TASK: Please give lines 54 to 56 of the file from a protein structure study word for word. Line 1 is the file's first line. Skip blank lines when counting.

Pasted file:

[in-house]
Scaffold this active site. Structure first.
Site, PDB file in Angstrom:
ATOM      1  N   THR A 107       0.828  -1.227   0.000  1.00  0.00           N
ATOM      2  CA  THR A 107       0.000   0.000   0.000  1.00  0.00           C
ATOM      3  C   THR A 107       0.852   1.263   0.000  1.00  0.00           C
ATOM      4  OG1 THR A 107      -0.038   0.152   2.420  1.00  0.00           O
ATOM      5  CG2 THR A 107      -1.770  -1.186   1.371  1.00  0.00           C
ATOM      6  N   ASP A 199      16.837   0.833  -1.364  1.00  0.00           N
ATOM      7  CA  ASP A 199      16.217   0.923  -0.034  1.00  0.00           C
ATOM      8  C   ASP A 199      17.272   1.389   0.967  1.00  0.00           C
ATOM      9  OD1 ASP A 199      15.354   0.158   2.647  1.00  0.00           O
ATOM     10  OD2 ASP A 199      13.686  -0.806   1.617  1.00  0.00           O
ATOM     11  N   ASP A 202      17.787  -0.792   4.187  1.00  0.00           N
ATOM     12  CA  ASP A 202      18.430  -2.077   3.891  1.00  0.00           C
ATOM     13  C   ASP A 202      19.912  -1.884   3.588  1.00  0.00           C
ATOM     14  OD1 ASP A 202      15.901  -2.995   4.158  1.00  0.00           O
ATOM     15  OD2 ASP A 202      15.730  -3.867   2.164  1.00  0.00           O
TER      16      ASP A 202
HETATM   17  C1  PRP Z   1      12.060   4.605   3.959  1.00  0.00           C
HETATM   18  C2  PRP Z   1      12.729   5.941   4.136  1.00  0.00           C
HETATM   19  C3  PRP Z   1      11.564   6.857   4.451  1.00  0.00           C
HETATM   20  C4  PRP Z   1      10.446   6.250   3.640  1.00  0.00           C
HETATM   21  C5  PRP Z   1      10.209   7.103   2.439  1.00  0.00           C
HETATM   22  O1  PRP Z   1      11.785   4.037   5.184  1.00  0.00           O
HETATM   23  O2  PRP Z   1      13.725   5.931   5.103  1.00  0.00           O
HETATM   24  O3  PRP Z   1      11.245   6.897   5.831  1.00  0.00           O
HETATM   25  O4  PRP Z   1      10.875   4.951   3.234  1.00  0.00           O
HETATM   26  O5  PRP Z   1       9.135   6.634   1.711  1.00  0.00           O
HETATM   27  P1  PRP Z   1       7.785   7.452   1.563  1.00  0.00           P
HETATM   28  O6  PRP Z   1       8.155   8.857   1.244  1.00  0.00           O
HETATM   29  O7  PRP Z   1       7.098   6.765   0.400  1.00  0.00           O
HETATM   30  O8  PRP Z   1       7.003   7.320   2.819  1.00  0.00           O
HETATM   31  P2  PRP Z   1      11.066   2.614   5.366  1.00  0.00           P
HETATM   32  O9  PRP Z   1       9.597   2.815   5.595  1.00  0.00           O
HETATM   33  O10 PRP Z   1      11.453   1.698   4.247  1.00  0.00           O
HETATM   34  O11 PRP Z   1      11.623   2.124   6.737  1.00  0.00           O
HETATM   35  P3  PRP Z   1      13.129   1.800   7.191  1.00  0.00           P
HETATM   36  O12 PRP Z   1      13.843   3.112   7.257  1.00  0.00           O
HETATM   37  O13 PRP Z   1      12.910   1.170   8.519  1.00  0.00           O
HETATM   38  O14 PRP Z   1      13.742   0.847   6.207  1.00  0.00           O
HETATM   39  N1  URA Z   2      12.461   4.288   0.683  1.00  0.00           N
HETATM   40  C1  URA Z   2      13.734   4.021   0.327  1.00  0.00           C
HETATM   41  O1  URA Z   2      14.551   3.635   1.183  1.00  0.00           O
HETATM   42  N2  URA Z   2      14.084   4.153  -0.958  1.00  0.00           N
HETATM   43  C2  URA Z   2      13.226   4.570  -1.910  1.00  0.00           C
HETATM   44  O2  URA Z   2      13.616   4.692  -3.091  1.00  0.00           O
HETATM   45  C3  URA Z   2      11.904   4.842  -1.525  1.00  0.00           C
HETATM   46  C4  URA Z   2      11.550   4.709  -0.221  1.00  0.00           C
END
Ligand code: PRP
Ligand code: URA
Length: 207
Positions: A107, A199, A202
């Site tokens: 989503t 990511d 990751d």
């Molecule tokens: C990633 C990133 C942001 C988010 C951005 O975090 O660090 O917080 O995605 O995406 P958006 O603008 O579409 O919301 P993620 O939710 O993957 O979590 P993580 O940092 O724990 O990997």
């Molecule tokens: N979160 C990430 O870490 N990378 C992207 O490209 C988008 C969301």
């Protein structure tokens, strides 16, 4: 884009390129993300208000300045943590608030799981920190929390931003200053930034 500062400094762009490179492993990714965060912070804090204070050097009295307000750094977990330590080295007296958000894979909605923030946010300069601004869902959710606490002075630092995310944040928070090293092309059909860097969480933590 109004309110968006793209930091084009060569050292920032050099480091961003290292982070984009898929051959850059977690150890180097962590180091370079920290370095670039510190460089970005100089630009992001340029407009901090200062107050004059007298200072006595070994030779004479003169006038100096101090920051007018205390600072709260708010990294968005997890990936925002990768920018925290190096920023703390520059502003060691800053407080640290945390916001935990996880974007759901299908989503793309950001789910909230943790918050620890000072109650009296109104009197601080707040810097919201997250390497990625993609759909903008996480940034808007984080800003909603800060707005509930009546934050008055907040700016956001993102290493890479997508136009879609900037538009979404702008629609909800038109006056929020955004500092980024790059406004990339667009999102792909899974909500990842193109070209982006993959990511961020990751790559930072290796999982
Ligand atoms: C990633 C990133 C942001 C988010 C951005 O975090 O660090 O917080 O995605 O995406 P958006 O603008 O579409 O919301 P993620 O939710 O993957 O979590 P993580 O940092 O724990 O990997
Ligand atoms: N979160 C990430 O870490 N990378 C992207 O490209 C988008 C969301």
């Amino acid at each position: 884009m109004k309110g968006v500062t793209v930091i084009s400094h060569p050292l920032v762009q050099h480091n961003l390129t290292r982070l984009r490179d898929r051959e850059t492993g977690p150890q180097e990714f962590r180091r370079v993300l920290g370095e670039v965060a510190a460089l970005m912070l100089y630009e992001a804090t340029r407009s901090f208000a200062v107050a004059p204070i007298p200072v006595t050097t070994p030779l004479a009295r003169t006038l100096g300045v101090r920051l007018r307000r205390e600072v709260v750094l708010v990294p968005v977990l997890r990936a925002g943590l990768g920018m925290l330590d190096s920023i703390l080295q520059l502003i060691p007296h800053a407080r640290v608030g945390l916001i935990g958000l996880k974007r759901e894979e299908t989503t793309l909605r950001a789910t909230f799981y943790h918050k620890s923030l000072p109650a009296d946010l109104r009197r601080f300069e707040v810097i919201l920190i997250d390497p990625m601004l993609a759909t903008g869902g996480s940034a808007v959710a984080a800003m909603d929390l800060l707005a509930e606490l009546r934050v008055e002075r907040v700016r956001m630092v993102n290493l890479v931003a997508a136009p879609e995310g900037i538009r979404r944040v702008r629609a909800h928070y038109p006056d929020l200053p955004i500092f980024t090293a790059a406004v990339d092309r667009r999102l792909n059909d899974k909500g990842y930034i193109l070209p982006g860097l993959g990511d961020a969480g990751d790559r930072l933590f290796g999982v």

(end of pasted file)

Positions: A107, A199, A202
């Site tokens: 989503t 990511d 990751d």
């Molecule tokens: C990633 C990133 C942001 C988010 C951005 O975090 O660090 O917080 O995605 O995406 P958006 O603008 O579409 O919301 P993620 O939710 O993957 O979590 P993580 O940092 O724990 O990997």